What You Need to Know About Donating Plasma
It was donations of plasma that helped save Shawn’s life when she was diagnosed with hypogammaglobulinemia—a condition that reduces a person’s immunity levels to half or even a third of what they should be. Find out how plasma has helped Shawn live a full and healthy life.
Plasma is the protein-rich liquid in blood that helps other blood components circulate throughout your body. It supports your immune system and helps control excessive bleeding, which is why plasma donations are important to help treat bleeding disorders, liver diseases and cancer in patients like Shawn.
How plasma is collected
At Canadian Blood Services, we collect plasma either by separating it from whole blood after a whole blood donation, or by using a special collection process called apheresis. Apheresis is a medical technique in which the plasma portion of your blood is separated during donation, and all your red blood cells, white blood cells and platelets are returned to you.
Plasma is used both for transfusions and for fractionation, which processes plasma into a range of specialized proteins for therapeutic use.
Am I eligible to donate plasma?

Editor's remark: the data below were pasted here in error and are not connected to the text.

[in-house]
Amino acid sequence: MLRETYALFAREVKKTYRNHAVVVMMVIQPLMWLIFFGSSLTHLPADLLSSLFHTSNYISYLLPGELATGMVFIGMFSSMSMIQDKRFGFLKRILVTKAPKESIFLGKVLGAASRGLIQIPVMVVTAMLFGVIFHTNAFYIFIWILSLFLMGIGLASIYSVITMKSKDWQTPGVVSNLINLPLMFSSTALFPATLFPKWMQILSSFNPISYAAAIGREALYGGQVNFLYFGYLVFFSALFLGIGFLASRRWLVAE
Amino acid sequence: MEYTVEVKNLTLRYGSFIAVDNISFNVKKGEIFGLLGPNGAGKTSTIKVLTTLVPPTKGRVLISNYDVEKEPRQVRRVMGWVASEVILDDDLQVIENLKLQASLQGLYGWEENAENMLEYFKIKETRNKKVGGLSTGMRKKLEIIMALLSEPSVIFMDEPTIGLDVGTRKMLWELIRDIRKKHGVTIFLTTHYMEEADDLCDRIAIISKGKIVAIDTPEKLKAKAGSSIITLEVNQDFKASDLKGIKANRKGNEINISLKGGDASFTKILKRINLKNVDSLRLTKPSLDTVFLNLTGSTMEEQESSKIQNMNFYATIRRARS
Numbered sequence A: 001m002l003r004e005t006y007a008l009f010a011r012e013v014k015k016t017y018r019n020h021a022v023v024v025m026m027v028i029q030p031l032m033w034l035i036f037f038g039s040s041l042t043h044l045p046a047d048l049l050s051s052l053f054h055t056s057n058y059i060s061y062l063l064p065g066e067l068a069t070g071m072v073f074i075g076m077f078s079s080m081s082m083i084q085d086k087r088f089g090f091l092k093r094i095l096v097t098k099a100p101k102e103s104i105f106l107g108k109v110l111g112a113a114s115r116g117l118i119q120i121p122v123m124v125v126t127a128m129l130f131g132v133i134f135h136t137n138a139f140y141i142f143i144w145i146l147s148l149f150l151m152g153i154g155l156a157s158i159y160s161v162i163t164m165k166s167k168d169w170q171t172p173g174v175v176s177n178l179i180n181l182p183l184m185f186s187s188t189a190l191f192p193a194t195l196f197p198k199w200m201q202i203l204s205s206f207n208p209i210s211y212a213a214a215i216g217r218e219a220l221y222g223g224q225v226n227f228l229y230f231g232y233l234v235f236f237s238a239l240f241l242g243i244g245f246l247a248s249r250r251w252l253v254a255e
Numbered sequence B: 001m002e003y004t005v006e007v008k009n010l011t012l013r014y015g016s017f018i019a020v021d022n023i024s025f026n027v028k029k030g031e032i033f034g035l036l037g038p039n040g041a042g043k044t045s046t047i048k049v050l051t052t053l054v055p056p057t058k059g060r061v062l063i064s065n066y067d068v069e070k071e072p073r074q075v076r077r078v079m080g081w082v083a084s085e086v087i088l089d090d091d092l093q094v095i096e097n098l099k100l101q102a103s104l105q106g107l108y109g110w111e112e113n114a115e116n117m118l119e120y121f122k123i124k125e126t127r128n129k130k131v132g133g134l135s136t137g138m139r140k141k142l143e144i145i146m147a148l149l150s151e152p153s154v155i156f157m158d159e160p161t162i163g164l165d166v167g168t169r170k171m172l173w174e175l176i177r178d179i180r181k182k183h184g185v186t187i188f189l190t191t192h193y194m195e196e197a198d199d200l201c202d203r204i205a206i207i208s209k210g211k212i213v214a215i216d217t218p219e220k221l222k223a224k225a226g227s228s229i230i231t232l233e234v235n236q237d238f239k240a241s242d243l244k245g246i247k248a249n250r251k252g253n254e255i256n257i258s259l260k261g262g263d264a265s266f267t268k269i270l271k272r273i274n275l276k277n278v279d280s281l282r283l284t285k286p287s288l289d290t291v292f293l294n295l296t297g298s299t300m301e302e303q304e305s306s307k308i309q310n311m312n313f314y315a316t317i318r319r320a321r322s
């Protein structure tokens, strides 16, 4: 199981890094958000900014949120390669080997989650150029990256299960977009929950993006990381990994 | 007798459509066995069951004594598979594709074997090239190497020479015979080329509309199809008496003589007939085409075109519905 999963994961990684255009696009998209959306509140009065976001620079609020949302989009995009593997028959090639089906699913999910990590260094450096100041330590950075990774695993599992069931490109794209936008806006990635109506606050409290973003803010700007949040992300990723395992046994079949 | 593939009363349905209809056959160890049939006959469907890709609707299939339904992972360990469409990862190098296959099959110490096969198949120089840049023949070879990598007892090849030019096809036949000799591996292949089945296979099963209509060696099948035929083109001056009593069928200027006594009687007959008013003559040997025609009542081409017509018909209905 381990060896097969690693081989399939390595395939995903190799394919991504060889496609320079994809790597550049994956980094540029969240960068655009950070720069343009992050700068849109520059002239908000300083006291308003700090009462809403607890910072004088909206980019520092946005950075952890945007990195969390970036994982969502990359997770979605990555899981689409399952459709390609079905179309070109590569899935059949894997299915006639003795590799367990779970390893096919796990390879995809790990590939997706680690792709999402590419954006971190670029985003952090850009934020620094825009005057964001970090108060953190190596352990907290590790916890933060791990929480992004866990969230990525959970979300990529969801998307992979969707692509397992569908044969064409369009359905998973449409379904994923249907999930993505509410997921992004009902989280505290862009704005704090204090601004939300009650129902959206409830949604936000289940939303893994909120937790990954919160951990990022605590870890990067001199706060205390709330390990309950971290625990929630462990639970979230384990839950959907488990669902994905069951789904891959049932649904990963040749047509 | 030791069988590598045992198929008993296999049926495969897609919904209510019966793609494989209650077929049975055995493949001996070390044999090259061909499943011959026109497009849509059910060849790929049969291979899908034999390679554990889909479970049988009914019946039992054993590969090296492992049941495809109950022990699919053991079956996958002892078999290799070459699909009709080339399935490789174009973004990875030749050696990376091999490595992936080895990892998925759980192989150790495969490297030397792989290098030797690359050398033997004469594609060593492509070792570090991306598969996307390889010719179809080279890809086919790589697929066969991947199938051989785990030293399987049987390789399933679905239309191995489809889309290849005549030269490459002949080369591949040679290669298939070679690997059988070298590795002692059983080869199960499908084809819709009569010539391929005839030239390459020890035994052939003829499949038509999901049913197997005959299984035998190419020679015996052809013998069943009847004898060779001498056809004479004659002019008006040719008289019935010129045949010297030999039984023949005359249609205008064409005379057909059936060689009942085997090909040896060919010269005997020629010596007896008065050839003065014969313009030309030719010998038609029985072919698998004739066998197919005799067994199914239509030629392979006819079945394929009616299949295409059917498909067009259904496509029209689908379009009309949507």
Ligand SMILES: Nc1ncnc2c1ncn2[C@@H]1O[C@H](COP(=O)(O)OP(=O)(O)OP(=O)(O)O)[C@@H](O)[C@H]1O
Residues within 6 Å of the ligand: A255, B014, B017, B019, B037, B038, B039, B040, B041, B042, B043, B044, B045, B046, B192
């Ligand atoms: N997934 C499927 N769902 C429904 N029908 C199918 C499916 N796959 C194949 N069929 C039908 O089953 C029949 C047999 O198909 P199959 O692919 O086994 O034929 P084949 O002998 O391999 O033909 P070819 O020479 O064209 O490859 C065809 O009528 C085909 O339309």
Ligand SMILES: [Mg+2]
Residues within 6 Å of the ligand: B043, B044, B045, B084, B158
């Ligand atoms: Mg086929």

Any healthy person who meets our eligibility criteria can donate plasma as frequently as every seven days. To become a plasma donor, we typically prefer that you have a history of making regular blood donations, but this is not always necessary.
If your blood type is AB, you are a universal donor for plasma. AB is the most in-demand type of plasma, as it can be received by anyone of any blood type. If your blood type is O negative (O-), you are a universal red blood cell donor and we encourage you to make whole blood donations instead.
How do I donate plasma?
Plasma clinics are booked by appointment only. If you are thinking of making your first plasma donation or want to book an appointment, call the local number for your region. You can find the number and clinic location here.
Ask at your next whole blood donation to learn more about donating plasma.
Our plasma products
Recovered plasma is separated from whole blood and used in fractionated products such as albumin, immune globulin (Ig), and others to treat bleeding, immunodeficiency disorders and more.
Fresh frozen plasma
Fresh frozen plasma is made from recovered plasma for transfusion only, and is used to treat patients with bleeding disorders, liver diseases and cancer. It is also used for bone marrow therapy.
Source plasma is collected by apheresis and can be frozen as FFP or used for fractionation.
Learn more about our commitment to increasing plasma sufficiency in Canada.